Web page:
Other highlights from our updated titles this week are the over 7,000 pages we have added to both the Liverpool Journal of Commerce and the Deal, Walmer & Sandwich Mercury, whilst we have added the year 1879 to our wonderful specialist railway title, the Railway News.
The Three-Day Week
On 1 January 1974 the Conservative government introduced the three-day week, which was an attempt to conserve energy in the face of a miners’ strike. The three-day week limited commercial users of energy to just three days’ worth of electrical consumption; such businesses and factories were not allowed to work outside of their allocated three days, or longer on their given days.
There were some exceptions to the three-day week, however, with hospitals, supermarkets and newspaper printing presses deemed as essential, and therefore exempt from the rule. And with the addition of new pages from the 1970s to The Archive this week, we thought we would take a look at how communities coped with the three-day week, and how it impacted people across the country.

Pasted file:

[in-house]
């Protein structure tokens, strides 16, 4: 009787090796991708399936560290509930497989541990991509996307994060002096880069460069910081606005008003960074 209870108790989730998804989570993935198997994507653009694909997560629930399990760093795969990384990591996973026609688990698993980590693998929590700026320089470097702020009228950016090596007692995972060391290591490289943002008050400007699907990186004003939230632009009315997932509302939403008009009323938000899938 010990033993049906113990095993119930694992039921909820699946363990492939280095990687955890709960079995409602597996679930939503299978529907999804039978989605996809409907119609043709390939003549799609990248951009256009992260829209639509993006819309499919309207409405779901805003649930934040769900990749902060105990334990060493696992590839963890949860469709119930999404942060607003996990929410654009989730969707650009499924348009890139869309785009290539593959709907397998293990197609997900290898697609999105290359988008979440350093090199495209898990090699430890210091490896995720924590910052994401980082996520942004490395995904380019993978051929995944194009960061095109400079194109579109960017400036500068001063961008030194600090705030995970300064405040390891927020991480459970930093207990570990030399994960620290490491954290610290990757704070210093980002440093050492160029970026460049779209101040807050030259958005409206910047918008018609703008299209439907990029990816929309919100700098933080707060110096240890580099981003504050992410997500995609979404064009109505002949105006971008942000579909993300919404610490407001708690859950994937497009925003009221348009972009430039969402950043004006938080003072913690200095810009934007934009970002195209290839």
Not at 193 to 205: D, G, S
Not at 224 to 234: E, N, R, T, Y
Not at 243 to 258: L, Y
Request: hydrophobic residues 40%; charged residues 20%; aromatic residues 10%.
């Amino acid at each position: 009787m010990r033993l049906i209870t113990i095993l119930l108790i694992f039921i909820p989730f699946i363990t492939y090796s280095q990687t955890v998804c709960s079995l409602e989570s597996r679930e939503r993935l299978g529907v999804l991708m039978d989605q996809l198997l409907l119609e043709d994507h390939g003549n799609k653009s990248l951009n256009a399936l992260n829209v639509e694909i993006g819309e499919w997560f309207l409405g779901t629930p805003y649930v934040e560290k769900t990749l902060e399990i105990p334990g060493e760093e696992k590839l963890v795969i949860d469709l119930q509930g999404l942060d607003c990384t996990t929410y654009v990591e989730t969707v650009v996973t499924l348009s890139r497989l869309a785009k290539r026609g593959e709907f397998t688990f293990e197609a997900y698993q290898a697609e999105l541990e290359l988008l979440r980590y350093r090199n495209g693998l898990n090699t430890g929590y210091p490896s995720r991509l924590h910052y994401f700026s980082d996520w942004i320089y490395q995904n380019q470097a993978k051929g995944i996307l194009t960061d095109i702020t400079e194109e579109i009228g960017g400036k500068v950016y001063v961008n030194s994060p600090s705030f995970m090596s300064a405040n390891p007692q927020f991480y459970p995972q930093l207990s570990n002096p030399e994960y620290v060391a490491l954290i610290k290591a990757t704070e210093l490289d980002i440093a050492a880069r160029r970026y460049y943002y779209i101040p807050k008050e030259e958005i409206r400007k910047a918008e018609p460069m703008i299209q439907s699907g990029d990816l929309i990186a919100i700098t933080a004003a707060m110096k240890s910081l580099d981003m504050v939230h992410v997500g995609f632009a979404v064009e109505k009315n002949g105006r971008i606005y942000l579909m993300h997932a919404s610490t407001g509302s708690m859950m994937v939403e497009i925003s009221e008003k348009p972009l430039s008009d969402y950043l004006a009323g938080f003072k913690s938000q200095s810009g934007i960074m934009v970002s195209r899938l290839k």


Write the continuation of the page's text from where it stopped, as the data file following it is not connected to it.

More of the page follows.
On 5 January 1974, a matter of days after the legislation was passed, Hampshire title the New Milton Advertiser reported how:
In common with other industry in the area, Wellworthy factories are operating a three-day week, their allocation for electricity supplies being on Thursdays, Fridays and Sundays.
Workers at Wellworthy, a company which manufactured pistons and piston cylinders, would be working ten hour day, with breaks ‘for lunch and tea.’